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Thread: cks

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    cks is offline Newbie
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    Default cks

    What is the rule dictating that we say "Bring in the cat" vs. "Bring the cat in"? Or "Put down the book" vs. "Put the book down"? Thanks!

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    Tdol is offline Editor, UsingEnglish.com
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    Default Re: cks

    No, but with these verbs where we can put these noun before or after the particle, we put a pronoun ebfore:

    Put the lights on.
    Put on the lights.
    Put them on.
    Put on them.

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    ptetpe is offline Junior Member
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    Default Re: cks

    I don't know if the following "rule" is relevant, but just in case it is...

    "When the object is a long and complex phrase, final placement for end-focus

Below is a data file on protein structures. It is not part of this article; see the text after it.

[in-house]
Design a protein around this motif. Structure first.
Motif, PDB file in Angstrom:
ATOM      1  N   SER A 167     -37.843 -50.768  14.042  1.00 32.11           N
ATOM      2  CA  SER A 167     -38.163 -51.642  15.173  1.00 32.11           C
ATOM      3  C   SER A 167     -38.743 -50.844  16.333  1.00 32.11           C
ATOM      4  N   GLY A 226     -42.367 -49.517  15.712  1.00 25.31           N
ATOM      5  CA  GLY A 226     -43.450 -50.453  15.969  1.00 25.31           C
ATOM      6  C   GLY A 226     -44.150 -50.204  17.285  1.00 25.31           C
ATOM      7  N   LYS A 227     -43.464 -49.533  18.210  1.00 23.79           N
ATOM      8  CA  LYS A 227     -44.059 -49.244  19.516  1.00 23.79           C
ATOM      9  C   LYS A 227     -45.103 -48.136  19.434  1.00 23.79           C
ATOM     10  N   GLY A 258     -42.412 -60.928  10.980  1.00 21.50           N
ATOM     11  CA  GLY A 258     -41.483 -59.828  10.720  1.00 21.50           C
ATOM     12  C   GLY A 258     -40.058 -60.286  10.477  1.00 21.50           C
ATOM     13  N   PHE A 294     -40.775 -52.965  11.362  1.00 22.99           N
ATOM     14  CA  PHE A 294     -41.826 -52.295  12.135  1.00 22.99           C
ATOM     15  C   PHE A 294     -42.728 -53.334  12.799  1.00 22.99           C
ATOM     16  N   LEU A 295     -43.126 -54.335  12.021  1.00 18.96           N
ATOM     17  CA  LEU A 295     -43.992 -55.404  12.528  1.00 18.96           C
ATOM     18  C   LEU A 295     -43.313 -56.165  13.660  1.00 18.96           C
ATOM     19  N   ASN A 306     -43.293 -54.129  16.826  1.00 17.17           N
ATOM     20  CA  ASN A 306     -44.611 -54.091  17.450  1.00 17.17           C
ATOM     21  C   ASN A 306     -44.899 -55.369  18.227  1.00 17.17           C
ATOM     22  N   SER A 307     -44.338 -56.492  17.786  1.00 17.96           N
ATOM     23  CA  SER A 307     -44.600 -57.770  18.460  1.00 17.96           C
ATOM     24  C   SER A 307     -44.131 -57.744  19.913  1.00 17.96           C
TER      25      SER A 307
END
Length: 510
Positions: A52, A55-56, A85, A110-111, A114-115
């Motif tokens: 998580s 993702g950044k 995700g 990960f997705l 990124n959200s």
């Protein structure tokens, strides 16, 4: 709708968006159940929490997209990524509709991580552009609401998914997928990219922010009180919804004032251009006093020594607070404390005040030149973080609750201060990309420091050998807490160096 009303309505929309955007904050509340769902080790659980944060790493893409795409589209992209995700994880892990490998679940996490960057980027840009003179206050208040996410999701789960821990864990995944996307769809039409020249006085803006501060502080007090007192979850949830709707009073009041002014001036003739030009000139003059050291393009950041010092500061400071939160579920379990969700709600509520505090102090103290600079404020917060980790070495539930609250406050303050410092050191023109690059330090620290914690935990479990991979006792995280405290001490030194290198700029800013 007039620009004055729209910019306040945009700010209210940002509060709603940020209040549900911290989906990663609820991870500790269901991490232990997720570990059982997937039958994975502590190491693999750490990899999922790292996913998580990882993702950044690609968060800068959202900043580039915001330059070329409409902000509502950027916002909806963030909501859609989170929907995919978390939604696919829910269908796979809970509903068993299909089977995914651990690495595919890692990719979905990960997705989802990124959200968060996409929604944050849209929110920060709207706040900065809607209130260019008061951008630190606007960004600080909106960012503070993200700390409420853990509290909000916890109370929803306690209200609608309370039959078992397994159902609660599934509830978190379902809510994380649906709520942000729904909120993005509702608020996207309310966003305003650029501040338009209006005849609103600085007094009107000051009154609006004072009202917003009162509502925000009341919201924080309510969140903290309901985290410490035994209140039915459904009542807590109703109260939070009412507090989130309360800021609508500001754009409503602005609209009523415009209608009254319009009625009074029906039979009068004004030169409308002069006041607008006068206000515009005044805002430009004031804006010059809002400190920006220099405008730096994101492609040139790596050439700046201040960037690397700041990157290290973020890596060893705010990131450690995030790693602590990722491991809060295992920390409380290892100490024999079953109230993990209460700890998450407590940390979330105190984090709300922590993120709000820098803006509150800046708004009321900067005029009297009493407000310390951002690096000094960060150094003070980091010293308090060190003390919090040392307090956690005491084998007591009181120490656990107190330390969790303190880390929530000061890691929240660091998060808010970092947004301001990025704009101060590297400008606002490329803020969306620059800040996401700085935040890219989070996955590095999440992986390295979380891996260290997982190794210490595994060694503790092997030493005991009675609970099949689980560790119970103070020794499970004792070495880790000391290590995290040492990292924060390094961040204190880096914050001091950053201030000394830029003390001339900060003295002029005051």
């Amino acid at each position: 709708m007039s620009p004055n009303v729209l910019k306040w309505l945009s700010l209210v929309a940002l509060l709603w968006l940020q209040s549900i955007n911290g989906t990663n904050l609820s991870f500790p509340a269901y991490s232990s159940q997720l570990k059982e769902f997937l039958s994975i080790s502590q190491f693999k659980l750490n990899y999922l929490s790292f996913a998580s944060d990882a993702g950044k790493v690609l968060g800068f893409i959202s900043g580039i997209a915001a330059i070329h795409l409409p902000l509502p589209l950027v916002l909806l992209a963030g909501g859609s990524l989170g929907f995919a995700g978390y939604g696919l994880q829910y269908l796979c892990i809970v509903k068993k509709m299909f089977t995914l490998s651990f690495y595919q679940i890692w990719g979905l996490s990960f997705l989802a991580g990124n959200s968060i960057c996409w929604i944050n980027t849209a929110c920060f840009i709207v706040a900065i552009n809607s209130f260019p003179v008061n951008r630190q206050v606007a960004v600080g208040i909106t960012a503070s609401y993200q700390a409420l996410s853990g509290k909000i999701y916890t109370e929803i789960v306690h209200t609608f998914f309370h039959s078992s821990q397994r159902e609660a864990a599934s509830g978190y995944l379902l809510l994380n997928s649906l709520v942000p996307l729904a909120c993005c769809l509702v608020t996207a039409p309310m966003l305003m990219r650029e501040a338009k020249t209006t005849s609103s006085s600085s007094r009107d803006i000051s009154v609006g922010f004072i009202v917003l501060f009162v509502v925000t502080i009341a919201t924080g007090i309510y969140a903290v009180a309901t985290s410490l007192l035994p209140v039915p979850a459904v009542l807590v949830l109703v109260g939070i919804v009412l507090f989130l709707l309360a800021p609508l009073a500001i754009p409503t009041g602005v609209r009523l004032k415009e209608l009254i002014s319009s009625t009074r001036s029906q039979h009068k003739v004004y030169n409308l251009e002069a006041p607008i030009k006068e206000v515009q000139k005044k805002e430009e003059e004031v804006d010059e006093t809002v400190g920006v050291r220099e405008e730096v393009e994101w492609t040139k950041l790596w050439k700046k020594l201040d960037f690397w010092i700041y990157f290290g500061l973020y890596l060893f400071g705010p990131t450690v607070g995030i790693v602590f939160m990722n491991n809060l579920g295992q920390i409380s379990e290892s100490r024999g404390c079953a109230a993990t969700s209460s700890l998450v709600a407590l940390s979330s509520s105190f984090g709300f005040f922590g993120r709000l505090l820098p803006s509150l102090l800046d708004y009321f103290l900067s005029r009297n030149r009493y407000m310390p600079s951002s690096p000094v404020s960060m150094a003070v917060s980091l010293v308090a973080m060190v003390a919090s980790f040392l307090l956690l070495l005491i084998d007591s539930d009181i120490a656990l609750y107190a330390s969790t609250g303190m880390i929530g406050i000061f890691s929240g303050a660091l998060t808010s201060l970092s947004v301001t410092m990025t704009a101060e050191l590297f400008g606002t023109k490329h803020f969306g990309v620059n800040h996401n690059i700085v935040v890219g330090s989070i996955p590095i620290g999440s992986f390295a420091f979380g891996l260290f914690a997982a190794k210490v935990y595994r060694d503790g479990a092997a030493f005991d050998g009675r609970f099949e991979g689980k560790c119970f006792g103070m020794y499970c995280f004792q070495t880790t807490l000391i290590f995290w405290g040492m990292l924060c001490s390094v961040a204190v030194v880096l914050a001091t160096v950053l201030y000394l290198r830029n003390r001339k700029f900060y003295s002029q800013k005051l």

or end-weight is possible in SVOA clause types." (Quirk, CGEL P.1395)

    Shift from SVOA to SVAO

    I confessed all my worst defects to him.
    I confessed to him all my worst defects.

    We heard the story of how he had been stranded for days without food from his own lips.
    We heard from his own lips the story of how he had been stranded for days without food.

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    mara_ce is offline VIP Member
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    Default Re: cks

    Quote Originally Posted by cks View Post
    What is the rule dictating that we say "Bring in the cat" vs. "Bring the cat in"? Or "Put down the book" vs. "Put the book down"? Thanks!
    There´re four kinds of phrasal verbs. This type is separable. They can be separated by an object.

    * If the object is a noun, it can go either after both parts of the phrasal verb or between them.
    e.g. Turn down the radio./ Turn the radio down.

    * If the object is a pronoun, it must go between the two parts.
    e.g. Turn it down. NOT Turn down it.

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